A moment of Zen.

 

Epilogue

I don’t know whether the writer/Director, Joseph Cedar deliberately set out to make an autism themed film.

There was more going on than ‘just’ autism, not least a brutally honest portrayal not just of Human nature, but also of the Culture which in large part defines him.

The film goes in hard and deep and takes no prisoners and it caught me completely off guard.

I need to see it again, with the benefit of 20/20 hindsight and I suspect for an even richer experience.

This is a rare film, that for me makes autism accessible to the non-autisitc population and will resonate especially powerfully with autistic people those whose intellect enables them to overcome, to some extent, the challenges of autism.

Mazeltov

 

Footnote

 

When I Saw You #Autism movie via @PhilistineFilms #WhenISawYou

 

I was unaware this 2013 Palestinian film had an autism theme – nothing I read in any reviews made any mention of it and the clips I had seen hadn’t suggested it either.

I don’t know if autism was an intentional feature of this film, but it jumped out at me right from the start of the film.

 

A Special Child

It is 1967 and 11 year old Tarek, the Protagonist, is living in a refugee camp in Jordan with his mother, just across the border with Palestine.

Tarek’s love of information and numbers is immediately apparent – but he is having problems at school.

He is very good with mental arithmetic and corrects his teacher….and is then expelled.

Tarek’s Mother explains to the teacher that he is smarter than the other children – the teacher reminds her that Tarek cannot read.

I had flashbacks to my school days, similarly gifted in math, while my English comprehension was ‘nil’ although in my case I was able to read.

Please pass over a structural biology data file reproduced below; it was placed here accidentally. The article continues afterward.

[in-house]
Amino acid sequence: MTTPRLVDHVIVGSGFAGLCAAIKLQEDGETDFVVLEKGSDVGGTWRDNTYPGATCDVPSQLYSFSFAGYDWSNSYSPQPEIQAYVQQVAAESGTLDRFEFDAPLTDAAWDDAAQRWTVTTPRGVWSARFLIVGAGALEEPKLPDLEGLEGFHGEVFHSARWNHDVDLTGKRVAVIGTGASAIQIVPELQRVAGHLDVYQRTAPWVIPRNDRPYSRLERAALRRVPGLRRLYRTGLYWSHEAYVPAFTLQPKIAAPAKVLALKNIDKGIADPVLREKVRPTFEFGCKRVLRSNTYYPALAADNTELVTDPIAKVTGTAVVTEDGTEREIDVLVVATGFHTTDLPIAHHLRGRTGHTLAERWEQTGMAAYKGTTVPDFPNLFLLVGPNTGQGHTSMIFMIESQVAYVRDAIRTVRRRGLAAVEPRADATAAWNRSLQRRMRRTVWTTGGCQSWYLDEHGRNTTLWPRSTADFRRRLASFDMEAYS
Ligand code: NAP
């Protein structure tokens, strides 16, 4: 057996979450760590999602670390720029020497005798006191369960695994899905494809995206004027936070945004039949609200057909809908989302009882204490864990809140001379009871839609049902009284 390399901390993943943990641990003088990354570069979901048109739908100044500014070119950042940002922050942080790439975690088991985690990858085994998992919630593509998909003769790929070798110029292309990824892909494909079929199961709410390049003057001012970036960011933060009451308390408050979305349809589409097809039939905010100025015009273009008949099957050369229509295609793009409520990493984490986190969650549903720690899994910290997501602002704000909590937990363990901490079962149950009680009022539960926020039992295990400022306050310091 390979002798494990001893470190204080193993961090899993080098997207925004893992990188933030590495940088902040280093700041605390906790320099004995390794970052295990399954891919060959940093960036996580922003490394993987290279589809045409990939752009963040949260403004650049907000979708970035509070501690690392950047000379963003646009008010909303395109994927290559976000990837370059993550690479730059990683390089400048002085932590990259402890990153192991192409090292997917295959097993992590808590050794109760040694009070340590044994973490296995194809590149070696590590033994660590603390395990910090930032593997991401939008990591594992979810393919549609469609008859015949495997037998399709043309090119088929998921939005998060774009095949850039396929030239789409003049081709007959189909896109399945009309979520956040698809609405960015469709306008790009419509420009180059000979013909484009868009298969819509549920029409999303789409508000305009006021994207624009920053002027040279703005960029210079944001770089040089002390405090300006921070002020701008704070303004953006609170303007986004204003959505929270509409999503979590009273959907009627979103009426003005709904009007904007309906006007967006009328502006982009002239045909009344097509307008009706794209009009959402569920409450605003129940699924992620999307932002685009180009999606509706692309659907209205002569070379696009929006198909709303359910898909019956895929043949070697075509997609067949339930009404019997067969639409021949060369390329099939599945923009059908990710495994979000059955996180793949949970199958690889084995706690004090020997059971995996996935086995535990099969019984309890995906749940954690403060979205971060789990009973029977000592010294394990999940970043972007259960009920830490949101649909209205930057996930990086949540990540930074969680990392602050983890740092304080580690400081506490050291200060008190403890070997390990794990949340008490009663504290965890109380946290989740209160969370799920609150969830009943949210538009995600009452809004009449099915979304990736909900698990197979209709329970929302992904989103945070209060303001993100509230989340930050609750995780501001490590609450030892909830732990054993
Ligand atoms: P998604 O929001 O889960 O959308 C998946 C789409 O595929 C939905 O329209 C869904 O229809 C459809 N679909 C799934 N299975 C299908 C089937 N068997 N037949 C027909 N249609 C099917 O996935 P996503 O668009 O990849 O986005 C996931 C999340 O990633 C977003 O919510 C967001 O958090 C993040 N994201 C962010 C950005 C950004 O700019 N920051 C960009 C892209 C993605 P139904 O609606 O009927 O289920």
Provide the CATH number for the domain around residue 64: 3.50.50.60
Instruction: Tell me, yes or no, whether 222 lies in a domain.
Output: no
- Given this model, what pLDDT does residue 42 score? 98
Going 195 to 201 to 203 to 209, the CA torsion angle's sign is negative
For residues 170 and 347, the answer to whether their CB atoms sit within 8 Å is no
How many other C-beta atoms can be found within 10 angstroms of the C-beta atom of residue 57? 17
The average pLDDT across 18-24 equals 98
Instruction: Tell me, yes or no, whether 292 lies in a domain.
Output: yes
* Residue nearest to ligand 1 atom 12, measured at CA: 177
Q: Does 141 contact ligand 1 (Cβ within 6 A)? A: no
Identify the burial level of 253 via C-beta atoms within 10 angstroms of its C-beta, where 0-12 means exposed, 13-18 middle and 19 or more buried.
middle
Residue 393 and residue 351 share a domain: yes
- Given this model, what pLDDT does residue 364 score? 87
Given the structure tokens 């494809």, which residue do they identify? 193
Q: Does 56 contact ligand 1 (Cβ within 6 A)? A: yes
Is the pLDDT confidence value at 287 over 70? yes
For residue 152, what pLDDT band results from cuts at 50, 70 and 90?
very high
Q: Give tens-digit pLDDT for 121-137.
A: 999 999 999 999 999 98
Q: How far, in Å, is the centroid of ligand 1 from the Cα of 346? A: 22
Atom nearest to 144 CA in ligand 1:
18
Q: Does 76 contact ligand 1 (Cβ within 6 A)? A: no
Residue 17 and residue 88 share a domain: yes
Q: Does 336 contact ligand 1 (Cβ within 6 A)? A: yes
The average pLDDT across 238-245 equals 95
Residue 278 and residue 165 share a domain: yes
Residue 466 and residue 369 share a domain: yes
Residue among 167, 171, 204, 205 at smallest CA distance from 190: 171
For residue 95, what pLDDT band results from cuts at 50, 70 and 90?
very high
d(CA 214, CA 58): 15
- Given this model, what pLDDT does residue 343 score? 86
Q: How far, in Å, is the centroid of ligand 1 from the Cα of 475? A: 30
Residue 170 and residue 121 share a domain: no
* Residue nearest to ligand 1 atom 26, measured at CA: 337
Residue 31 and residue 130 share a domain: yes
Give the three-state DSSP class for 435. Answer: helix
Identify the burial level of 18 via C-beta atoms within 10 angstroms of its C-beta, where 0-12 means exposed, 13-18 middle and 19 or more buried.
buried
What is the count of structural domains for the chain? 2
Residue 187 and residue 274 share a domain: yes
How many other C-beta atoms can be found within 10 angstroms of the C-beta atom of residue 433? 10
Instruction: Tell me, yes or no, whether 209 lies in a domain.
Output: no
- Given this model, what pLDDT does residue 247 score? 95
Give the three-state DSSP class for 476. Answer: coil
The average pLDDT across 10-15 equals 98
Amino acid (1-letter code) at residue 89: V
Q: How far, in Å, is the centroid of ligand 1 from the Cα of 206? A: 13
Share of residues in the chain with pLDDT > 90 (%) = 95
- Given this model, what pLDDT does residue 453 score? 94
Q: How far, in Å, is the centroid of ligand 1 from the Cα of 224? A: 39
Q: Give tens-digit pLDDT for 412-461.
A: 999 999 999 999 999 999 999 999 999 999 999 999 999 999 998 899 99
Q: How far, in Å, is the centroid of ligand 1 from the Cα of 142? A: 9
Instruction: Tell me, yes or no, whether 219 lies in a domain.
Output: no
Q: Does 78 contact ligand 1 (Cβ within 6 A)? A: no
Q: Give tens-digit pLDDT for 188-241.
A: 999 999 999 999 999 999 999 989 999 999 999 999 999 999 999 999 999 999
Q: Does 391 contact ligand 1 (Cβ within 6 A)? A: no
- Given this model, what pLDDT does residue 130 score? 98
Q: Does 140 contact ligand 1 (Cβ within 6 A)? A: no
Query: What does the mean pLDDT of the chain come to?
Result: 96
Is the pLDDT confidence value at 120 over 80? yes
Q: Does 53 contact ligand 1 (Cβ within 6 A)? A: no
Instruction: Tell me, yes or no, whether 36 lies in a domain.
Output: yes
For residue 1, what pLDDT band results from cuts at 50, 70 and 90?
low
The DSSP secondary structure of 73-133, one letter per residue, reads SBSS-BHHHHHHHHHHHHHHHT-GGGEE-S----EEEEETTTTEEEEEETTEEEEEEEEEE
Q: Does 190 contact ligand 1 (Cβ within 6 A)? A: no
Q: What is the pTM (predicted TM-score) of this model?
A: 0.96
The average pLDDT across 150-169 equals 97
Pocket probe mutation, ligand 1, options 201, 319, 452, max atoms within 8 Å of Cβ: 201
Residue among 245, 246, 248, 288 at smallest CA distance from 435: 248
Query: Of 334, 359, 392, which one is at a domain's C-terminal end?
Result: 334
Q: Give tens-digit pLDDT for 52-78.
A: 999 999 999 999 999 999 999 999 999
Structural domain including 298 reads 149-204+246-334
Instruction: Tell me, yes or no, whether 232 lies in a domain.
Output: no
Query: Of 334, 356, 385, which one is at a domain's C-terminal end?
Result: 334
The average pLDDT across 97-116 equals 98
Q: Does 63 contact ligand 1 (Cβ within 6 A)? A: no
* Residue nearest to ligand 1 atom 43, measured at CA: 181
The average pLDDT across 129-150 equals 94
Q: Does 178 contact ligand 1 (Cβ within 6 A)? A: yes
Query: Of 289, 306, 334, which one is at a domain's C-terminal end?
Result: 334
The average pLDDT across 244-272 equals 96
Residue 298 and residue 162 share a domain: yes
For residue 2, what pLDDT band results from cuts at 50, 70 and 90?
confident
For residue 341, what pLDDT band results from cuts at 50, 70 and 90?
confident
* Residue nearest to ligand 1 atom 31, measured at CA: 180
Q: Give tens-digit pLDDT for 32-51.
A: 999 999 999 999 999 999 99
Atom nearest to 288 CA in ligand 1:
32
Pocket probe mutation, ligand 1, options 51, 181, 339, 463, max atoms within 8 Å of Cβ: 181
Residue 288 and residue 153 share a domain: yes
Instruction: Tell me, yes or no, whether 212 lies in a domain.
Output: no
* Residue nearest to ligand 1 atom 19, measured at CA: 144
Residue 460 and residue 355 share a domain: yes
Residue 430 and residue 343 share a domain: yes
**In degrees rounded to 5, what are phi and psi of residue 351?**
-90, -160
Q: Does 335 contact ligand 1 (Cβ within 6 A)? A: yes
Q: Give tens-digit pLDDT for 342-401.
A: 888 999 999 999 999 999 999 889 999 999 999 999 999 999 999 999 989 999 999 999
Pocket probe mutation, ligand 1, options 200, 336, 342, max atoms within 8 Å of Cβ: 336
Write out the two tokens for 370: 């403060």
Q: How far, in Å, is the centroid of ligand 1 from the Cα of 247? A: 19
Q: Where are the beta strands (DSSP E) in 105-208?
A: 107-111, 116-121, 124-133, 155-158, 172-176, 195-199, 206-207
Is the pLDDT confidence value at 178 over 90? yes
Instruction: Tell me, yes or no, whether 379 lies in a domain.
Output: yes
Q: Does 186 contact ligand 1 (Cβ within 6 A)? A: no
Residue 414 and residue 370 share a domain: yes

Tarek also speaks his mind, unfiltered, to children, his teacher, other adults as well as his mother.

He clearly isn’t doing this to be rude or offensive, he is simply demonstrating a core trait of autism, faithfulness to the truth, with no awareness, let alone regard, for the social impact and consequences.

 

Details, always the details

Later in the film, we see Tarek at a Freedom Fighters camp.

He was on his way home (back to Palestine), in the direction of where the sun sets.

He carries a stick with him and uses its shadow as a compass and is found sleeping in the desert by one of the Freedom Fighters.

It is at the training camp that we see the full power of Tarek’s powers of observation and remarkable working memory.

In one scene, Tarek is standing next to the Camp Commander, while the trainees are doing push ups and sit ups.

There are maybe 15 trainees and when they finish Tarek casually informs the Commander that all of the men completed 100 repetitions except one – who only did 97.

I have a very good eye for detail, but the brain power necessary to keep count of 15 people at once is at the level of a Grand Chess Master! Way beyond my league and probably outside of my solar system.

We are shown more examples of this.

Later we see Tarek playing cards with those same men and winning.

He speaks his mind with the Freedom Fighters too, with not even a flicker of caution, let alone fear.

 

The Story

The other story in this wonderful film is that of the Palestinian Freedom Fighters who, like Tarek, just want to go home.

This was a very thoughtful, contemplative and well balanced film – the Camp Commander and the other main Freedom Fighter character are philosophical – they display no hatred or anger, one in particular, the one who befriends Tarek, has a gentle character and is softly spoken.

Palestine has produced some outstanding works of cinema in the last 12 years, including Oscar nominated:

  • ‘Paradise Now’ (2005)
  • ‘5 Broken Cameras (Documentary, 2011)

Palestinian film maker Elia Suleiman @SuleimanElia has made 2 Surreal films – ‘Divine Intervention’ and ‘The Time that Remains’ that I would recommend to anyone who likes to engage their intellect when watching movies.

 

Epilogue

Palestine has been high on my list for my next #WorldAutismProject post for some time.

I don’t believe in coincidences and so my next post – which will be my 100th post will be, fittingly, ‘Autism in Palestine.’

 

When I Saw You – Official trailer

 

This is an outstanding film, both as an historical representation of the 2nd wave of Palestinian refugees, but also for it’s portrayal of one little boy and his experience of ‘Autism in Palestine’

 

The Closing of the Year

If I cannot bring you comfort, then at least I bring you Hope

For nothing is more precious than the time we have – and so –

We all must learn from small misfortune, count the blessings that are real……………

Toys (1992)